Millets have been the staple since prehistoric period. Archeological evidences reveal that, millets have been cultivated since Neolithic era when agriculture became a mainstay about ten to twelve thousand years back especially in dry climate of Africa, India and northern China. Many earlier civilizations thrived on millets and not rice. Variety of millets were found during excavation in Harappa and Mohenjo-Daro. Mayans, Incas and Aztecs of Africa have left proof of millets as staple. More interestingly, Hou Chi the ruler of Shang dynasty of China in 2nd BCE was literally named as "the ruler of millet". The Sumarians, Romans and Gauls also used millets. They prepared millet porridge. In fact, the Hanging Garden of Babylon had millets in its plant collection. The holy Bible has also mention of millet for preparing bread. Sathpatha Brahamana a vedic scripture of 8th to 6th Century BCE (Indian Iron Age) has liberal reference to millets which were used in rituals and preparation of Soma, a ritual drink. Kalidasa's an epic play Abhijnana Shakuntala of 1st Century BCE has mention of millets where sage Kanva pours foxtail millet to Shakuntala's hand while bidding her a tearful farewell at Dushyanta's court. Rigveda, Yajurveda and Atharvanaveda mention the use of millets.
Millets have also found their way in classical Ayurvedic texts which comprehensively deal with the science of life. They are referred as Kudhanya or Trindhanya in Ayurvedic texts. The great Samhitas like Charaka Samhita and Sushrutha Samhita advocate millets as diet (Pathya) as well as therapeutics. Ayurveda characterizes millets as madhura (sweet) in taste (rasa); madhura in vipaka (taste which emerges after digestion); hot potency (Ushna veerya) and it has dry and light quality which is easy to digest. Millets balance Kapha and increase Vata and Pitta. The hot potency and easily digestible quality of millets render them as medicine to treat excess Kapha, poor digestibility, diabetes, obesity edema. But Ayurveda also cautions that if eaten in excess millets may aggravate Pitta or Vata due to its hot potency. So it is suggested to presoak the millets before cooking and to add a few drops of oil or ghee while cooking. It is recommended to eat the millets by seasoning or cooking them with cooling spices like fennel and coriander which help in balancing the tridoshas.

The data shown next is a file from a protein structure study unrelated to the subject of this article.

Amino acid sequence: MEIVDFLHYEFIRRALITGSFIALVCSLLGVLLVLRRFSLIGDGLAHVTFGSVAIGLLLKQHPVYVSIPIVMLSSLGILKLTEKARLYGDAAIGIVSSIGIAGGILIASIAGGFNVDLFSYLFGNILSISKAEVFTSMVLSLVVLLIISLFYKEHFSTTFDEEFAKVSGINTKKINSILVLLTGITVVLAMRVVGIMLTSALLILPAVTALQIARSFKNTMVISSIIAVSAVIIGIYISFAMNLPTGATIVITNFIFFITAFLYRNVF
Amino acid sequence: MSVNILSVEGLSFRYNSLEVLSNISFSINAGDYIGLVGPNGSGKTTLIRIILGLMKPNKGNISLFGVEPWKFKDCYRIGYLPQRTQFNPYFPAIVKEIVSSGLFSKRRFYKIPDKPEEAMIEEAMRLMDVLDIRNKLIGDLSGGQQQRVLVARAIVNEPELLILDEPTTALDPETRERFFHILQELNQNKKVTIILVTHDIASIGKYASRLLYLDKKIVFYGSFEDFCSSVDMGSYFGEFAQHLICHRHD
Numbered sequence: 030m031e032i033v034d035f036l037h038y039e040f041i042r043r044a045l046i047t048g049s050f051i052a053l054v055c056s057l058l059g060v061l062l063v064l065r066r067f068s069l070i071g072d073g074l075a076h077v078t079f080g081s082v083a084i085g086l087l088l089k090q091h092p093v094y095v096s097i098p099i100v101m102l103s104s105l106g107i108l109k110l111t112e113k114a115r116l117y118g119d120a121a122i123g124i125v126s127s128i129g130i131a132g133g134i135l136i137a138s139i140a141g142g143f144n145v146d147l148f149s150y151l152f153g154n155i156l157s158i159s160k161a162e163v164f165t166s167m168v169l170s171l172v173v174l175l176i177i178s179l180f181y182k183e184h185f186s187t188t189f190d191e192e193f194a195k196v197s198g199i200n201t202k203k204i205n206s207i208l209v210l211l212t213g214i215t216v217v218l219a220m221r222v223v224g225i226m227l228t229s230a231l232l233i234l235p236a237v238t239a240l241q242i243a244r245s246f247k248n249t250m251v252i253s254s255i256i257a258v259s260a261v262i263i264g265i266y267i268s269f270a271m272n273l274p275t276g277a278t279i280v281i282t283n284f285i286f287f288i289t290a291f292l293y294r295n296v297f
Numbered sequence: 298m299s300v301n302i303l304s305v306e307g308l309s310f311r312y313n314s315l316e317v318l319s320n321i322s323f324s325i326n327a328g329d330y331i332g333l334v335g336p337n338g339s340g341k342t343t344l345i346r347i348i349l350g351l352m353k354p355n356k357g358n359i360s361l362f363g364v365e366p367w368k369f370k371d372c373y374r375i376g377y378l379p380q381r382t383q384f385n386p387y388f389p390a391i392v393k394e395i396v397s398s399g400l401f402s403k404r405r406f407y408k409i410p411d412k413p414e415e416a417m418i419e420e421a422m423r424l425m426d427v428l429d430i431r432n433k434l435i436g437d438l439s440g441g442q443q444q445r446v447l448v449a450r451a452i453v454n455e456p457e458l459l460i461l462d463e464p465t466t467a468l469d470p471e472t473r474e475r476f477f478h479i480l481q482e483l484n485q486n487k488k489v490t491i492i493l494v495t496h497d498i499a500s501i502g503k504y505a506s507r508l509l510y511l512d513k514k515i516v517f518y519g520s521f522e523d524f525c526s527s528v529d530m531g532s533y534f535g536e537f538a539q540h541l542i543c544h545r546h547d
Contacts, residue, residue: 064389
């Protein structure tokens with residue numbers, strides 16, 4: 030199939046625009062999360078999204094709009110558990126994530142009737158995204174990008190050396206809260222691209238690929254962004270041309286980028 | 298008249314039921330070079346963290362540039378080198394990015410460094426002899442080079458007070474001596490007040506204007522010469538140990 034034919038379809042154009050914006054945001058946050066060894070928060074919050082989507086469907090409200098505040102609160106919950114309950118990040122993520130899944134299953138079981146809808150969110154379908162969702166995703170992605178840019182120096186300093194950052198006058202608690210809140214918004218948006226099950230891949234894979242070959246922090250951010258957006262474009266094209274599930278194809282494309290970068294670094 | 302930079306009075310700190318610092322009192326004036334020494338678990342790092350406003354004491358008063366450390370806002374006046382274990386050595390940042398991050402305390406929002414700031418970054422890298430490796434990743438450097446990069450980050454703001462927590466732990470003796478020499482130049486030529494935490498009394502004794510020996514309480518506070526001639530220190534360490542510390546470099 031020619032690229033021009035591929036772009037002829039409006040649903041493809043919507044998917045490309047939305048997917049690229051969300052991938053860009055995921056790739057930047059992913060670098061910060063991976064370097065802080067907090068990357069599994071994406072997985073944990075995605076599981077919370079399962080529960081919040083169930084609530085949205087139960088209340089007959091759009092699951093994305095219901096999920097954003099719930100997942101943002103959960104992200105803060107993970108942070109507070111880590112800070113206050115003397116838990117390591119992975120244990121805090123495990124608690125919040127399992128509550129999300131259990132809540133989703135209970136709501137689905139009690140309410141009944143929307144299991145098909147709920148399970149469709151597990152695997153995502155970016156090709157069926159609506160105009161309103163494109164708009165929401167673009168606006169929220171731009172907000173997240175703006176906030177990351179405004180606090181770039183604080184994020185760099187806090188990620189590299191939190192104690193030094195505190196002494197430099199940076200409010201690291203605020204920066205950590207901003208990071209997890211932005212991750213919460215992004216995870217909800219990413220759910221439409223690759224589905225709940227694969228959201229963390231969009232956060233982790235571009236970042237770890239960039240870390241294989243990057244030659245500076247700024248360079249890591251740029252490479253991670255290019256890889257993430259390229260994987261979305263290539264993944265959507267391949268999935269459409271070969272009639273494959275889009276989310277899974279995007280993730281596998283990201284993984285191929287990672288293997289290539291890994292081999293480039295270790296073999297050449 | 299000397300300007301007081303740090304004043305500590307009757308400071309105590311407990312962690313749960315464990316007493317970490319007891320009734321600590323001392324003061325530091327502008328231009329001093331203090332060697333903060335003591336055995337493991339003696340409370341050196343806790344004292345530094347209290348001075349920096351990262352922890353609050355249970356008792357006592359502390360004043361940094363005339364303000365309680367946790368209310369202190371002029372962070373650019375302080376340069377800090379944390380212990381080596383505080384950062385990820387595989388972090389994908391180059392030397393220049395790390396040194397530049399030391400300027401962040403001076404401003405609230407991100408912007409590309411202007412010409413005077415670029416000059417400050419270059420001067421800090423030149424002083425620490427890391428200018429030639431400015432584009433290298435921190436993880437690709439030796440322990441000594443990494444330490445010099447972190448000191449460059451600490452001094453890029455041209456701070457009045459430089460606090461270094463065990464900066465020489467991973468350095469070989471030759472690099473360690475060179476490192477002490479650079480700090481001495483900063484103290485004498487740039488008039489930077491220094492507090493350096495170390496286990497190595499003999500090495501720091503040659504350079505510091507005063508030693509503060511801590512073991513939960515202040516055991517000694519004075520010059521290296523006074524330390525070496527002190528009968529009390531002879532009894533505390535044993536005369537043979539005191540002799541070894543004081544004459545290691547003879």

Millets are time tested, traditionally used among all cultures around the world and are considered as special diet in Ayurveda. Whenever you feel sluggish or suffer from loss of hunger go for millets. They make you lighter and healthier. Do not forget to add subtle spices like cumin, fennel or coriander to make it tastier and to reduce the hot potency of millets.